The boy has a history of being beaten by his parents, and the judge initially awarded custody to his aunt, in keeping with the child custody law and regulations requiring that family unity be maintained to the degree possible.
The boy surprised the court when he proclaimed that his aunt beat him more than his parents, and he adamantly refused to live with her.
When the judge suggested that he live with his grandparents, the boy cried out that they also beat him. After considering the remainder of the immediate family and learning that domestic violence was apparently a way of life among them, the judge took the unprecedented step of allowing the boy to propose who should have custody of him.
After two recesses to check legal references and confer with child welfare officials, the judge granted temporary custody to the Chicago Cubs, whom the boy firmly believes are not capable of beating anyone.
Q. What is worse than being a bachelor?
A. Being a Bachelor’s son.
Top Ten Signs You’re Being Stalked by Martha Stewart
10. You get a threatening note made up of letters cut out of a magazine with pinking shears, and they’re all the same size, the same font, and precisely lined up in razor-sharp rows.
9. You find a lemon slice in the dog’s water bowl.
8. On her TV show she makes a gingerbread house that looks exactly like your split-level, right down to the fallen licorice downspout and the half-open graham cracker garage door.
7. You find your pet bunny on the stove in an exquisite tarragon, rose petal & saffron demi-glace’, with pecan-crusted hearts of palm and a delicate mint-fennel sauce.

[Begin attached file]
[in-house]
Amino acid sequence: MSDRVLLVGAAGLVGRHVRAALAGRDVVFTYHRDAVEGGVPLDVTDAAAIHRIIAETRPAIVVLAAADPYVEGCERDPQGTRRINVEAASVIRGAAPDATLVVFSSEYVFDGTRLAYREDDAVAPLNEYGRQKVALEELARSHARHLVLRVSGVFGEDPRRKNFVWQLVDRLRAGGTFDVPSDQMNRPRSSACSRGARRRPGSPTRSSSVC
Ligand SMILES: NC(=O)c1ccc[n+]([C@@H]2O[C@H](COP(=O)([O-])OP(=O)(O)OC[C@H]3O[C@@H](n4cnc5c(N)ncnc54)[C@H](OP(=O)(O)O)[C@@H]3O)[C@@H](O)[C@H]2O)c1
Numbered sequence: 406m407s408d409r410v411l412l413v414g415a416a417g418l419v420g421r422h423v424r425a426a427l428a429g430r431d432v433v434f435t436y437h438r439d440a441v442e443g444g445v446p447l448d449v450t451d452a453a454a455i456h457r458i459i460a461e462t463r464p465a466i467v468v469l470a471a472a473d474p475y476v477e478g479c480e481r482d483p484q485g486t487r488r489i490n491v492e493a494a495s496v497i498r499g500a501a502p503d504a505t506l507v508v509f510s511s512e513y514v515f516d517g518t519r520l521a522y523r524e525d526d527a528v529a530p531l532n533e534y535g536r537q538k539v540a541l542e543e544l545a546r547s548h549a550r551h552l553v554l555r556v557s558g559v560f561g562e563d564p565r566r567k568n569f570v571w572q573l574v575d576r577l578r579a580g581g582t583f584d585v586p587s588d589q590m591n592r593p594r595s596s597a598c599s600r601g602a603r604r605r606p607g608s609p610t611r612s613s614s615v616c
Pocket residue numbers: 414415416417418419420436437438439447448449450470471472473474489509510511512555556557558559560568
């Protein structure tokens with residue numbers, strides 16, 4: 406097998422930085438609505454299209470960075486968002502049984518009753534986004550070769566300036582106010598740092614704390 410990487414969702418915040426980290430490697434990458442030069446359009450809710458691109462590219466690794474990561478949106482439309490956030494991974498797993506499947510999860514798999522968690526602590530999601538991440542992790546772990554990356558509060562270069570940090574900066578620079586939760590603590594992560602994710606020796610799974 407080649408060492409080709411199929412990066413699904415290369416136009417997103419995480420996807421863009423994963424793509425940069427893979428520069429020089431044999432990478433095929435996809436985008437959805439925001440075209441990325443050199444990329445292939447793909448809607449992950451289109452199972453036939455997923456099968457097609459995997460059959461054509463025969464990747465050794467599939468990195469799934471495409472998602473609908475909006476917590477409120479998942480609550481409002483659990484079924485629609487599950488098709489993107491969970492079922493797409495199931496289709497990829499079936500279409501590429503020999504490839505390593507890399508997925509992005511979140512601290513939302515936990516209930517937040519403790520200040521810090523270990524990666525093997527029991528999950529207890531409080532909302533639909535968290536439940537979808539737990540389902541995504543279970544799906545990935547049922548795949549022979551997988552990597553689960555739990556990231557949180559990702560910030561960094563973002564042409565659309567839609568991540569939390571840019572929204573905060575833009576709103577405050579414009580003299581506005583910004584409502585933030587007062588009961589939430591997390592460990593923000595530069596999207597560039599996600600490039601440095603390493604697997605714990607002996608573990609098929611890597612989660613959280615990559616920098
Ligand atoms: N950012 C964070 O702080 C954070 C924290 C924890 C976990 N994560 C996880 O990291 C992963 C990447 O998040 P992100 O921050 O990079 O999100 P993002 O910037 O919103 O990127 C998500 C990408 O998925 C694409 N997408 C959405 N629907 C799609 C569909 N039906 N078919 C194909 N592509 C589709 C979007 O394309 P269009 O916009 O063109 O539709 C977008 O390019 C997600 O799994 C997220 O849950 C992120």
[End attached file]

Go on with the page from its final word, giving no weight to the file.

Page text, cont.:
6. The unmistakable aroma of potpourri follows you even after you leave the bathroom.
5. You discover that every napkin in the entire house has been folded into a swan.
4. No matter “where” you eat, your place setting always includes an oyster fork.
3. Twice this week you’ve been the victim of a drive-by doilying.
2. You wake up in the hospital with a concussion and endive stuffing in every orifice.
AND THE NUMBER 1 Sign You’re Being Stalked by Martha Stewart…
1. You awaken one morning with a glue gun pointed squarely at your temple.
People who live well are experts at giving. They give their money; they give their time. They share their wisdom and their skills. They quickly say yes when asked to help. For them…to give is to love and to love is to live. It’s a formula for a successful life.
Wendy was waiting her turn at the bakery, when she heard a prospective bride give the cake decorator a hard time as she previewed her wedding cake. She demanded many extras and was critical of the work he’d done so far. After she left, he muttered, “I’m glad I put my special golden award on this cake. That young woman is sure eligible for it.”
Curious, Wendy studied the cake closely, but saw nothing.
Finally the decorator pointed to the tiny bridegroom atop the cake with his tiny bride and there it was. Barely visible was the “golden award”, a tiny wedding ring, inserted in the groom’s nose.
Streakers beware: Your end is in sight!
According to experts at the National Institute of Mental Health, depressed people die much sooner than everyone else. Well, that’s just what depressed people need to hear! That should cheer them up!
“In every crisis, doubt or confusion, take the higher path – the path of compassion, courage, understanding and love.”
Management is not responsible for duplicates from previous dailies. The editor is somewhat senile.